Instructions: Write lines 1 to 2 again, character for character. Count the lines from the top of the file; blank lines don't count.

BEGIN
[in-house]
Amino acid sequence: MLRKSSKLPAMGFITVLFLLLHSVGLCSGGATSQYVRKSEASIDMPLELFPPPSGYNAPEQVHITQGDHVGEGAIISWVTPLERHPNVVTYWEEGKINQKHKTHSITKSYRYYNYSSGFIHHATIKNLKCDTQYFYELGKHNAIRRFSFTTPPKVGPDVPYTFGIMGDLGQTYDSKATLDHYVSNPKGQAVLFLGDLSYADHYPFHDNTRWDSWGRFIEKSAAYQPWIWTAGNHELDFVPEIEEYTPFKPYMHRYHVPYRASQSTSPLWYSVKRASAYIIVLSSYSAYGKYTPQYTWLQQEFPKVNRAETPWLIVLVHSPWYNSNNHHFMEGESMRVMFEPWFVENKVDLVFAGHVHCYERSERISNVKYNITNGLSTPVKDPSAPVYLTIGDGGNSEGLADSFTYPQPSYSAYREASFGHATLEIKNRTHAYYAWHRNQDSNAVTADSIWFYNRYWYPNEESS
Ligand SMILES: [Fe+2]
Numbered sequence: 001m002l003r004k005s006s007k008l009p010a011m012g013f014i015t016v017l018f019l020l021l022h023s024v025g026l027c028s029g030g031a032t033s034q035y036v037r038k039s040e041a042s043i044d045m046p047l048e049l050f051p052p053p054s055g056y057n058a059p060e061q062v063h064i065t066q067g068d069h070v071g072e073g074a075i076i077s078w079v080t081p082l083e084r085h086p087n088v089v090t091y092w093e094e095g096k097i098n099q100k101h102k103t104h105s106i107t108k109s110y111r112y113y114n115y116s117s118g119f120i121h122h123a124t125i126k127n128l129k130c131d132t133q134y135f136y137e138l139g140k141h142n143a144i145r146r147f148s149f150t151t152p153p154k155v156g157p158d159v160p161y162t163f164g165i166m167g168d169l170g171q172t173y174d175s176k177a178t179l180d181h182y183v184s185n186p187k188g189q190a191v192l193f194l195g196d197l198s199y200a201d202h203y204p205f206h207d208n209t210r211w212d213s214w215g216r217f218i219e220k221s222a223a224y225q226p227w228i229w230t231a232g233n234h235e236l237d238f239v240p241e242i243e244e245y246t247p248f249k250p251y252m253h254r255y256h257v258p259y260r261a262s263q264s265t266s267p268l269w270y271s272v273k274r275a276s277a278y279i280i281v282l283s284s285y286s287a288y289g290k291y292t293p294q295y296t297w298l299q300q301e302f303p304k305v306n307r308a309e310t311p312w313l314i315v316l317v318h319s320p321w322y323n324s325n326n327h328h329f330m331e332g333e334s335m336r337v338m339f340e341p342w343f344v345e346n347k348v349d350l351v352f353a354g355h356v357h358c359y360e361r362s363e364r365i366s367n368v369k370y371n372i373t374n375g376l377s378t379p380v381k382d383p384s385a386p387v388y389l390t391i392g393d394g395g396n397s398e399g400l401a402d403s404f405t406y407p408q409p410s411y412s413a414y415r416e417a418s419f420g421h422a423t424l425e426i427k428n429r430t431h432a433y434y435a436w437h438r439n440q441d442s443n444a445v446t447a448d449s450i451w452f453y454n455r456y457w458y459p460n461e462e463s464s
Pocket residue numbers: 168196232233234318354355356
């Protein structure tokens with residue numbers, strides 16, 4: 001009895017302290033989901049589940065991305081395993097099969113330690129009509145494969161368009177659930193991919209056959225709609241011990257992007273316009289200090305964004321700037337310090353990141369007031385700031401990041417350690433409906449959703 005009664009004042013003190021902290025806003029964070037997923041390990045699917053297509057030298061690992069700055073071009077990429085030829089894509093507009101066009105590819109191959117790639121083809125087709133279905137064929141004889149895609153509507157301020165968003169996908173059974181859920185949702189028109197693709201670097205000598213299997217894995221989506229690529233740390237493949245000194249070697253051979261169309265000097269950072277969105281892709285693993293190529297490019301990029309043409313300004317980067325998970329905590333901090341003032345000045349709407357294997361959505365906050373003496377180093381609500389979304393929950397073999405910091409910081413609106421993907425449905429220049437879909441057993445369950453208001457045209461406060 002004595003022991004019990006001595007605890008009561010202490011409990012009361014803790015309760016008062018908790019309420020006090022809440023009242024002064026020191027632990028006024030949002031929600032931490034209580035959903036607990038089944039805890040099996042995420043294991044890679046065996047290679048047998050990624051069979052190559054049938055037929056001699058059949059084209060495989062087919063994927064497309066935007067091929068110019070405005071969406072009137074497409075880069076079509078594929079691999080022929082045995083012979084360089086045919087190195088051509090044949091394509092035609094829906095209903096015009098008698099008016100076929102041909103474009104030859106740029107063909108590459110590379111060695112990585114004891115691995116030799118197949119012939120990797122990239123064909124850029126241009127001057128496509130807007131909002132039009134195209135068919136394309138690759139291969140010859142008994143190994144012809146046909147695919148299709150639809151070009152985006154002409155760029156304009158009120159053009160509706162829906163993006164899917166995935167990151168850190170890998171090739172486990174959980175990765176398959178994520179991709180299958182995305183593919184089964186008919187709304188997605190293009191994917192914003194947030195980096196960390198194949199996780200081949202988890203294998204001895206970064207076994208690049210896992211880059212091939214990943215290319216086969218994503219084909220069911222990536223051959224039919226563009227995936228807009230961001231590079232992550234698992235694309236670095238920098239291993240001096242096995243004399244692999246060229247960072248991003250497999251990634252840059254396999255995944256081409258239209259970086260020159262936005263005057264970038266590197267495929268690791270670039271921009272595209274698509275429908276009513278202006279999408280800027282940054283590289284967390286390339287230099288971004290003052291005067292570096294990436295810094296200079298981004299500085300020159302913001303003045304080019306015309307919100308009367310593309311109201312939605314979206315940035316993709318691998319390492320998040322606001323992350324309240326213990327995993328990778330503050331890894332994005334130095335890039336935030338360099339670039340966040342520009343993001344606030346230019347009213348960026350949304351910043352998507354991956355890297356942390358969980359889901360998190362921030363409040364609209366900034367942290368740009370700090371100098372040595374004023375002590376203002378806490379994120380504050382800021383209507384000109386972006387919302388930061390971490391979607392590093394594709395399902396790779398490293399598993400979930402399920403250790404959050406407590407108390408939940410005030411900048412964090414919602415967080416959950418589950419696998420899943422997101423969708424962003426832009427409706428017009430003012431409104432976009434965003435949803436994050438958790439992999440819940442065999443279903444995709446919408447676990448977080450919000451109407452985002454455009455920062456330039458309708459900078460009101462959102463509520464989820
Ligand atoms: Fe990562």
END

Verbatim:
[in-house]
Amino acid sequence: MLRKSSKLPAMGFITVLFLLLHSVGLCSGGATSQYVRKSEASIDMPLELFPPPSGYNAPEQVHITQGDHVGEGAIISWVTPLERHPNVVTYWEEGKINQKHKTHSITKSYRYYNYSSGFIHHATIKNLKCDTQYFYELGKHNAIRRFSFTTPPKVGPDVPYTFGIMGDLGQTYDSKATLDHYVSNPKGQAVLFLGDLSYADHYPFHDNTRWDSWGRFIEKSAAYQPWIWTAGNHELDFVPEIEEYTPFKPYMHRYHVPYRASQSTSPLWYSVKRASAYIIVLSSYSAYGKYTPQYTWLQQEFPKVNRAETPWLIVLVHSPWYNSNNHHFMEGESMRVMFEPWFVENKVDLVFAGHVHCYERSERISNVKYNITNGLSTPVKDPSAPVYLTIGDGGNSEGLADSFTYPQPSYSAYREASFGHATLEIKNRTHAYYAWHRNQDSNAVTADSIWFYNRYWYPNEESS